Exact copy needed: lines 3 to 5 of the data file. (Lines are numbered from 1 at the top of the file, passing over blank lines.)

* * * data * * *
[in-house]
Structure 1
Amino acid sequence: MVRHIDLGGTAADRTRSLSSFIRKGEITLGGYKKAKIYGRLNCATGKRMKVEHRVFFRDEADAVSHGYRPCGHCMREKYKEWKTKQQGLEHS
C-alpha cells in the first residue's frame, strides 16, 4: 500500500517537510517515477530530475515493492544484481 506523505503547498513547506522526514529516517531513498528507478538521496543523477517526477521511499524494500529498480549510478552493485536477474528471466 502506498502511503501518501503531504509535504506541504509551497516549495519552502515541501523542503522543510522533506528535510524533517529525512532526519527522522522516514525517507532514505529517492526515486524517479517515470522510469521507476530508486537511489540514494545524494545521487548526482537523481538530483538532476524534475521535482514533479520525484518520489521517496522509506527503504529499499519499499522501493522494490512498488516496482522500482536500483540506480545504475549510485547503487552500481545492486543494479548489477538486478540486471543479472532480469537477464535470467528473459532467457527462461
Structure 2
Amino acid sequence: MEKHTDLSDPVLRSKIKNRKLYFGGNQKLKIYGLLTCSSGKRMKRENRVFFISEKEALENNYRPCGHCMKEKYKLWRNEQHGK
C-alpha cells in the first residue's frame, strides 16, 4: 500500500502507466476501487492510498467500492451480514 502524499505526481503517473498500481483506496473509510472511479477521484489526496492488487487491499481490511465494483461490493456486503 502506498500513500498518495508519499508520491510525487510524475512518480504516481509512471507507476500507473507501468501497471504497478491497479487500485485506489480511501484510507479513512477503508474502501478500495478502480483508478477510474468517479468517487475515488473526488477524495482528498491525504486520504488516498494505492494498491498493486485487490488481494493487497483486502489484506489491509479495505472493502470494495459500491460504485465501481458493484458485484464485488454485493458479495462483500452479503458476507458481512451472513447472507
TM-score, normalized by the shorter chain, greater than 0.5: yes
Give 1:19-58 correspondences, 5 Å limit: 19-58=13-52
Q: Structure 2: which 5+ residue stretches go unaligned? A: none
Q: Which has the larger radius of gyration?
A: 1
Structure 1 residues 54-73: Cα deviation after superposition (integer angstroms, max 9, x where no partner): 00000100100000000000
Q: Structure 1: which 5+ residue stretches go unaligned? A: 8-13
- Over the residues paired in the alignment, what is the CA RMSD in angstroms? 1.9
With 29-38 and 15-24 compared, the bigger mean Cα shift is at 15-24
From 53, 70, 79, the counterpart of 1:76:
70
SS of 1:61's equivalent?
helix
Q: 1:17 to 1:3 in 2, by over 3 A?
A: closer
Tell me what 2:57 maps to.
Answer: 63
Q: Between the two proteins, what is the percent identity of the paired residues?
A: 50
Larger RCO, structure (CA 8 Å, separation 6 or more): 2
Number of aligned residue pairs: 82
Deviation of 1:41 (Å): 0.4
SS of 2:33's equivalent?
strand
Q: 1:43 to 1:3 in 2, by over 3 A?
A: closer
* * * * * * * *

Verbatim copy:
Amino acid sequence: MVRHIDLGGTAADRTRSLSSFIRKGEITLGGYKKAKIYGRLNCATGKRMKVEHRVFFRDEADAVSHGYRPCGHCMREKYKEWKTKQQGLEHS
C-alpha cells in the first residue's frame, strides 16, 4: 500500500517537510517515477530530475515493492544484481 506523505503547498513547506522526514529516517531513498528507478538521496543523477517526477521511499524494500529498480549510478552493485536477474528471466 502506498502511503501518501503531504509535504506541504509551497516549495519552502515541501523542503522543510522533506528535510524533517529525512532526519527522522522516514525517507532514505529517492526515486524517479517515470522510469521507476530508486537511489540514494545524494545521487548526482537523481538530483538532476524534475521535482514533479520525484518520489521517496522509506527503504529499499519499499522501493522494490512498488516496482522500482536500483540506480545504475549510485547503487552500481545492486543494479548489477538486478540486471543479472532480469537477464535470467528473459532467457527462461
Structure 2